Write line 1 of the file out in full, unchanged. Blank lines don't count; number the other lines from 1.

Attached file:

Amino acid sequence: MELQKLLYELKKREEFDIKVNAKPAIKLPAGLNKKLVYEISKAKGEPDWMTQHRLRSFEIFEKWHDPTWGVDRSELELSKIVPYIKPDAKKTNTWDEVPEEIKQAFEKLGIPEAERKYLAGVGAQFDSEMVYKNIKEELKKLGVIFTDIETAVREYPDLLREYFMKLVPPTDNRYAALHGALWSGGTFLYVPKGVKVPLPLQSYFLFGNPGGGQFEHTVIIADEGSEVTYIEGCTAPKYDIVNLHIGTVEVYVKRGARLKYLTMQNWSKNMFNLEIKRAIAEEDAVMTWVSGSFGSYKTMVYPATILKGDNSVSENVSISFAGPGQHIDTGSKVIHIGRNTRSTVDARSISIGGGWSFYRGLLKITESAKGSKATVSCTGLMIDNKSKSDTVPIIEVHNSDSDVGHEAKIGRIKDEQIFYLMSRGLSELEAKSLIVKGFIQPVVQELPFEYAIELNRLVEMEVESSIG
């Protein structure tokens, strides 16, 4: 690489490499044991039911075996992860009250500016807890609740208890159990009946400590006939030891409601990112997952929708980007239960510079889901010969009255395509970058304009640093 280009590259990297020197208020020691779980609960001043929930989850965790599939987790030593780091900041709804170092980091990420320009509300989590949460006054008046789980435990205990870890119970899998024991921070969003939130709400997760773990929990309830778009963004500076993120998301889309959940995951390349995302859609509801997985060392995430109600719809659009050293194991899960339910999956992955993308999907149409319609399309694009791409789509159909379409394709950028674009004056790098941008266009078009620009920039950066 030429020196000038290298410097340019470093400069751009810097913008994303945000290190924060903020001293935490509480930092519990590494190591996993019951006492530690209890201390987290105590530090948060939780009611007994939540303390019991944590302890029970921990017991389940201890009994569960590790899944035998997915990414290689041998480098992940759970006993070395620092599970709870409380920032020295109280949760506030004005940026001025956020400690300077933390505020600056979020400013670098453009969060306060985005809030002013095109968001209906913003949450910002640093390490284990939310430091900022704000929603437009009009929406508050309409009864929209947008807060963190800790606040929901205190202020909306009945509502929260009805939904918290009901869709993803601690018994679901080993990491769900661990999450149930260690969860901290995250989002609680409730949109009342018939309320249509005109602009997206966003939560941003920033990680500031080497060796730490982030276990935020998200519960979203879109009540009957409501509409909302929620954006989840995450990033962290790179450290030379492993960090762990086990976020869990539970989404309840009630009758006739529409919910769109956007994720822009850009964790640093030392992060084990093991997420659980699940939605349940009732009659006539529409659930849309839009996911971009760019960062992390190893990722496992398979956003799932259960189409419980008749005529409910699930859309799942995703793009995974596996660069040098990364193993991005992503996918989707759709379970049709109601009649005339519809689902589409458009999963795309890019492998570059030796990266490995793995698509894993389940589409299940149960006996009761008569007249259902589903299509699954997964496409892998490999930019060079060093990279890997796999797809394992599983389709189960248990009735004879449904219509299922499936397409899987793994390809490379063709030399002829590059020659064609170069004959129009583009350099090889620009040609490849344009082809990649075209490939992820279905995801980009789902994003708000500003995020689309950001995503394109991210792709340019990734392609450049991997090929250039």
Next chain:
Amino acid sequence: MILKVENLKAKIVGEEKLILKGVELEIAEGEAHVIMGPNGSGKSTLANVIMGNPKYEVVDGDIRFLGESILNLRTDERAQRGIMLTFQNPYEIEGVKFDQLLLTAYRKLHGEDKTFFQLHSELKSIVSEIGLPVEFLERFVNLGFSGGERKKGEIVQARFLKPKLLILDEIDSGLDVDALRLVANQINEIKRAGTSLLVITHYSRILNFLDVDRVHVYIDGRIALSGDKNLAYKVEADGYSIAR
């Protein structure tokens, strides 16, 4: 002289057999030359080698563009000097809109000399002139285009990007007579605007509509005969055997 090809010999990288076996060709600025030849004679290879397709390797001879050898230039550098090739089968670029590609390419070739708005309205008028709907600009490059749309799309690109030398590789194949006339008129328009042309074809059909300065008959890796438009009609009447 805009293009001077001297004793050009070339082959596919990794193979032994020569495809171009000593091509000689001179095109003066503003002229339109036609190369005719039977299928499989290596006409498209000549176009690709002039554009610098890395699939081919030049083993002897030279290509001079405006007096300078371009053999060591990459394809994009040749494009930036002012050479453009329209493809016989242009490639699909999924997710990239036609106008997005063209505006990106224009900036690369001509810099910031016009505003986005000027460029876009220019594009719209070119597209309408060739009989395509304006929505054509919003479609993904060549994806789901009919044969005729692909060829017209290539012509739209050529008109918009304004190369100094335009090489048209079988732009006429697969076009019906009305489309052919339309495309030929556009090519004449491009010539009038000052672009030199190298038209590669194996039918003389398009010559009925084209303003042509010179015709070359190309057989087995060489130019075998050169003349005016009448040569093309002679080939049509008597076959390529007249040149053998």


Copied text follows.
Amino acid sequence: MELQKLLYELKKREEFDIKVNAKPAIKLPAGLNKKLVYEISKAKGEPDWMTQHRLRSFEIFEKWHDPTWGVDRSELELSKIVPYIKPDAKKTNTWDEVPEEIKQAFEKLGIPEAERKYLAGVGAQFDSEMVYKNIKEELKKLGVIFTDIETAVREYPDLLREYFMKLVPPTDNRYAALHGALWSGGTFLYVPKGVKVPLPLQSYFLFGNPGGGQFEHTVIIADEGSEVTYIEGCTAPKYDIVNLHIGTVEVYVKRGARLKYLTMQNWSKNMFNLEIKRAIAEEDAVMTWVSGSFGSYKTMVYPATILKGDNSVSENVSISFAGPGQHIDTGSKVIHIGRNTRSTVDARSISIGGGWSFYRGLLKITESAKGSKATVSCTGLMIDNKSKSDTVPIIEVHNSDSDVGHEAKIGRIKDEQIFYLMSRGLSELEAKSLIVKGFIQPVVQELPFEYAIELNRLVEMEVESSIG